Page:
Famed type-designer Robert Granjon, working for Cardinal Ferdinando de' Medici, succeeded in designing (1580-1586) elegant Arabic typefaces, and the Medici press published many Christian prayer and scholarly Arabic texts in the late 16th century.
Maronite monks at the Maar Quzhayy Monastery in Mount Lebanon published the first Arabic books to use movable type in the Middle East. The monks transliterated the Arabic language using Syriac script.
A goldsmith (like Gutenberg) designed and implemented an Arabic-script movable-type printing-press in the Middle East. The Greek Orthodox monk Abd Allah Zakhir set up an Arabic language printing press using movable type at the monastery of Saint John at the town of Dhour El Shuwayr in Mount Lebanon, the first homemade press in Lebanon using Arabic script. He personally cut the type molds and did the founding of the elegant typeface. The first book came off his press in 1734; this press continued in use until 1899.
The Arabic alphabet can be encoded using several character sets, including ISO-8859-6, Windows-1256 and Unicode (see links in Infobox, above), in the latter thanks to the "Arabic segment", entries U+0600 to U+06FF. However, neither of these sets indicate the form each character should take in context. It is left to the rendering engine to select the proper glyph to display for each character.
For compatibility with previous standards, initial, medial, final and isolated forms can be encoded separately in Unicode; however, they can also be inferred from their joining context, using the same encoding. The following table shows this common encoding, in addition to the compatibility encodings for their normally contextual forms (Arabic texts should be encoded today using only the common encoding, but the rendering must then infer the joining types to determine the correct glyph forms, with or without ligation).
As of Unicode 7.0, the following ranges encode Arabic characters:
The basic Arabic range encodes the standard letters and diacritics, but does not encode contextual forms (U+0621-U+0652 being directly based on ISO 8859-6); and also includes the most common diacritics and Arabic-Indic digits. U+06D6 to U+06ED encode Qur'anic annotation signs such as "end of ayah" ۖ and "start of rub el hizb" ۞. The Arabic Supplement range encodes letter variants mostly used for writing African (non-Arabic) languages. The Arabic Extended-A range encodes additional Qur'anic annotations and letter variants used for various non-Arabic languages. The Arabic Presentation Forms-A range encodes contextual forms and ligatures of letter variants needed for Persian, Urdu, Sindhi and Central Asian languages. The Arabic Presentation Forms-B range encodes spacing forms of Arabic diacritics, and more contextual letter forms. The Arabic Mathematical Alphabetical Symbols block encodes characters used in Arabic mathematical expressions.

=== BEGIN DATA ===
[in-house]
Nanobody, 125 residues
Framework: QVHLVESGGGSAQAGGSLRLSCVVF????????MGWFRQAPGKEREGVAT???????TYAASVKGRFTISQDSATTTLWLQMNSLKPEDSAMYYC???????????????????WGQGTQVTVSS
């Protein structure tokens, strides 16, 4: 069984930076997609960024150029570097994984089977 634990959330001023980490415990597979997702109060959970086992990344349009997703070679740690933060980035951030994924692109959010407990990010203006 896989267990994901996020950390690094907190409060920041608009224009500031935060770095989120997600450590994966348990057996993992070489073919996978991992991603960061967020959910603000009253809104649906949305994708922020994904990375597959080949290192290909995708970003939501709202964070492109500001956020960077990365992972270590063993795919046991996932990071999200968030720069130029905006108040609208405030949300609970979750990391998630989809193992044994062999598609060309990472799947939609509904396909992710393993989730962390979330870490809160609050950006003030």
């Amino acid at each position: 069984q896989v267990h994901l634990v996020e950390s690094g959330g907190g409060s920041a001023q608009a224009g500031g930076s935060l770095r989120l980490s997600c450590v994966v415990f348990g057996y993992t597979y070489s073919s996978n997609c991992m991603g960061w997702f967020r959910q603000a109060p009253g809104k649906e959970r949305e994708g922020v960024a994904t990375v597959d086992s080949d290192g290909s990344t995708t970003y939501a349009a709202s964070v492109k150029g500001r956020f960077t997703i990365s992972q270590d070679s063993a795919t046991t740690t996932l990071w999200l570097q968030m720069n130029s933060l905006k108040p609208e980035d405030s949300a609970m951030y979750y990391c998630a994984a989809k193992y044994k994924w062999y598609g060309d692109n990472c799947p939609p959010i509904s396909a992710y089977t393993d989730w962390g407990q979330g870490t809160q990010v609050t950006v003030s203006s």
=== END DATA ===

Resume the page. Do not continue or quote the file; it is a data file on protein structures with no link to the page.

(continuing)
See also the notes of the section on modified letters.
Keyboards designed for different nations have different layouts, so that proficiency in one style of keyboard such as Iraq's does not transfer to proficiency in another keyboard such as Saudi Arabia's. Differences can include the location of non-alphabetic characters.
All Arabic keyboards allow typing Roman characters, e.g., for the URL in a web browser. Thus, each Arabic keyboard has both Arabic and Roman characters marked on the keys. Usually the Roman characters of an Arabic keyboard conform to the QWERTY layout, but in North Africa, where French is the most common language typed using the Roman characters, the Arabic keyboards are AZERTY.
To encode a particular written form of a character, there are extra code points provided in Unicode which can be used to express the exact written form desired. The range Arabic presentation forms A (U+FB50 to U+FDFF) contain ligatures while the range Arabic presentation forms B (U+FE70 to U+FEFF) contains the positional variants. These effects are better achieved in Unicode by using the zero-width joiner and non-joiner, as these presentation forms are deprecated in Unicode, and should generally only be used within the internals of text-rendering software, when using Unicode as an intermediate form for conversion between character encodings, or for backwards compatibility with implementations that rely on the hard-coding of glyph forms.
Finally, the Unicode encoding of Arabic is in logical order, that is, the characters are entered, and stored in computer memory, in the order that they are written and pronounced without worrying about the direction in which they will be displayed on paper or on the screen. Again, it is left to the rendering engine to present the characters in the correct direction, using Unicode's bi-directional text features. In this regard, if the Arabic words on this page are written left to right, it is an indication that the Unicode rendering engine used to display them is out of date.
There are competing on-line tools, e.g. Yamli editor, allowing to enter Arabic letters without having Arabic support installed on a PC and without the knowledge of the layout of the Arabic keyboard.
The first software program of its kind in the world that identifies Arabic handwriting in real time has been developed by researchers at Ben-Gurion University (BGU).
The prototype enables the user to write Arabic words by hand on an electronic screen, which then analyzes the text and translates it into printed Arabic letters in a thousandth of a second. The error rate is less than three percent, according to Dr. Jihad El-Sana, from BGU's department of computer sciences, who developed the system along with master's degree student Fadi Biadsy.
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This article contains major sections of text from the very detailed article Arabic alphabet from the French Wikipedia, which has been partially translated into English. Further translation of that page, and its incorporation into the text here, are welcomed.